Most of my teaching was done sitting at the edge of my bed. My wife was live with her students for 3–4 hours nearly everyday until my son was born. We figured out the best way to make it work back then and by the time my wife “stopped teaching” when my son was born we had a pretty good system.
It was the hardest on my daughter who just turned three because she could not understand why Mommy and Daddy couldn’t play with her even though we were home. She cried. She cried a lot. Those months were not good for anyone’s mental health that’s for sure. We did start incorporating her into our teaching which helped a lot. Here we are doing work together. Now sometimes when I ask her to put her Kindle or her play laptop away she says, “Just one minute Daddy I’m doing work.” Which is cute and sad all at once.
As we inch closer to the start of school I feel myself getting more anxious and stressed which I know is not unique. I am not special every single person has their own obstacles ahead of them.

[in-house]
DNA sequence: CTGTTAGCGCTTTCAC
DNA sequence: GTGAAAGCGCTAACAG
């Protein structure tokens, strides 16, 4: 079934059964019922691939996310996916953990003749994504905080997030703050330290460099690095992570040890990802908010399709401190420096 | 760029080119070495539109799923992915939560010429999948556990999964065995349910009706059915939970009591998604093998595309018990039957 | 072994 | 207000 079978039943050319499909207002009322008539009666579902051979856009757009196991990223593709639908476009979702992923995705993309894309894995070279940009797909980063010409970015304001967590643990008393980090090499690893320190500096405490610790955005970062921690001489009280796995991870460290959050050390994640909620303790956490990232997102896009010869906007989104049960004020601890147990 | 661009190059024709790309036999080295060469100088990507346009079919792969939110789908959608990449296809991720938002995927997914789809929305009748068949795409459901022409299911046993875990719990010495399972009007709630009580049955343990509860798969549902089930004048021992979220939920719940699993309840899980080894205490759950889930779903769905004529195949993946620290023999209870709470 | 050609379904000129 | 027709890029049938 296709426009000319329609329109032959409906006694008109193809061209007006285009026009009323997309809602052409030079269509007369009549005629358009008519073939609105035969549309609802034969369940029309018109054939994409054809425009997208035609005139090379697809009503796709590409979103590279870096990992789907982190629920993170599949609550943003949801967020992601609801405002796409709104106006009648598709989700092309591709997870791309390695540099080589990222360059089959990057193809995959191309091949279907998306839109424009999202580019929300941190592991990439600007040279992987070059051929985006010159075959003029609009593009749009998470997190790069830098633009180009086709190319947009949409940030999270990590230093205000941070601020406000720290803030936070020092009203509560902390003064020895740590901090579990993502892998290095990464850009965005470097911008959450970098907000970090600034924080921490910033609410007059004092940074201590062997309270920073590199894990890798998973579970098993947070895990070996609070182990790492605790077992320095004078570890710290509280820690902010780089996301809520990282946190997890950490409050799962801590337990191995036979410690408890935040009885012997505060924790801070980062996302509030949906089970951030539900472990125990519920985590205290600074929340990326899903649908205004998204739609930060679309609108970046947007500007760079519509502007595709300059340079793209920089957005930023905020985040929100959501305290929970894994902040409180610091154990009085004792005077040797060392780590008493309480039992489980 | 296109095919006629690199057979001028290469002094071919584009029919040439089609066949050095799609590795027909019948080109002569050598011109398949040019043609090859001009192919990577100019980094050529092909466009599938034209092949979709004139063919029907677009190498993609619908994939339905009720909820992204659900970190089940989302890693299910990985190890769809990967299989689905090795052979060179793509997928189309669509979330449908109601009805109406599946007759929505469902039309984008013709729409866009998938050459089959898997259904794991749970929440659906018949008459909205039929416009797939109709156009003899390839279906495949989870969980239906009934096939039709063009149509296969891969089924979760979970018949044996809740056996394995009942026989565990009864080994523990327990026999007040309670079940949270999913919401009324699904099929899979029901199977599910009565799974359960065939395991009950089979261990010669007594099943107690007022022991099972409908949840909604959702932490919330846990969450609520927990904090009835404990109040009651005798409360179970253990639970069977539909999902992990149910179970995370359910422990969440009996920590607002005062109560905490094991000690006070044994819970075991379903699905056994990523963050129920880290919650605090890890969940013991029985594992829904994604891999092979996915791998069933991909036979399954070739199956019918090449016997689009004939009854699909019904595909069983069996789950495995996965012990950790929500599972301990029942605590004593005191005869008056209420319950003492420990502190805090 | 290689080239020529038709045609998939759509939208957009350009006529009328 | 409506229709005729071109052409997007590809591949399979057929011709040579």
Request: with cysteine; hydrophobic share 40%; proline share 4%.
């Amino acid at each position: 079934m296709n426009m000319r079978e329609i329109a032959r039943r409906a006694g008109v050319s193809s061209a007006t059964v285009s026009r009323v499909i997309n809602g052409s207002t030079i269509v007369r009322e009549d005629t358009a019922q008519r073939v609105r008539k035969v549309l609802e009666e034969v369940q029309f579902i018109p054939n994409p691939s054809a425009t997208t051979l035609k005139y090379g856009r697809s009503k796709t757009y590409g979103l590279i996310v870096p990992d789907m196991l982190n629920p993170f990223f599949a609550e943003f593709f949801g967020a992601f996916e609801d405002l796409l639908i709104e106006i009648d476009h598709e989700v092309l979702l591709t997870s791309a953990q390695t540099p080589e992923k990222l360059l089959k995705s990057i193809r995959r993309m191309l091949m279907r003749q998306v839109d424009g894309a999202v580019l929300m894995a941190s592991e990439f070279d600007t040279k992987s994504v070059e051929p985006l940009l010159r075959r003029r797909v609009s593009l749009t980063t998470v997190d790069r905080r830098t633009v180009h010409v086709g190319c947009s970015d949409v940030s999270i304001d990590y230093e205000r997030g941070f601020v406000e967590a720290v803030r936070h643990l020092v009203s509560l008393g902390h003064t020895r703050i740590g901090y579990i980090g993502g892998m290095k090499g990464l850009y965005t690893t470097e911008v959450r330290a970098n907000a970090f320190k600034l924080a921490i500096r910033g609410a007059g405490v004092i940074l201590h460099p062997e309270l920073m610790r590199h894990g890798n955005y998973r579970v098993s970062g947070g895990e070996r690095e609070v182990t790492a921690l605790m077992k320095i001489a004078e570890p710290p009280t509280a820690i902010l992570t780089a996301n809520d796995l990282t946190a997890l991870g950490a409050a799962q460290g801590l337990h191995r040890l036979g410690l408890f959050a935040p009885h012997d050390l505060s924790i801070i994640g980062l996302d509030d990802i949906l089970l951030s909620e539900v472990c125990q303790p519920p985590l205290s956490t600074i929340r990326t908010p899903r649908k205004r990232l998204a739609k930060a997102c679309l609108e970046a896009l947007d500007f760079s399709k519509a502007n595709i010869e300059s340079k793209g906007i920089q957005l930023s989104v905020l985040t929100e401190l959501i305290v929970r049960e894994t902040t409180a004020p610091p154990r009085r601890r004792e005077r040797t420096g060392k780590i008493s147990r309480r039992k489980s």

But going back in September face to face means a lot of things will change again for my family and I like how much my kids will see their grandfather who’s radiation treatments this summer weakened his immune system. We will be keeping our daughter out of the Pre-K she was suppose to start and she loves school. We did our best to keep that alive this spring by keeping her schedule somewhat reminiscent of what she was use to at her Learning Experience daycare with circle time, “class photos”, putting together activity booklets (my wife did that), going on nature walks, etc., all while making sure we have all we could to our students.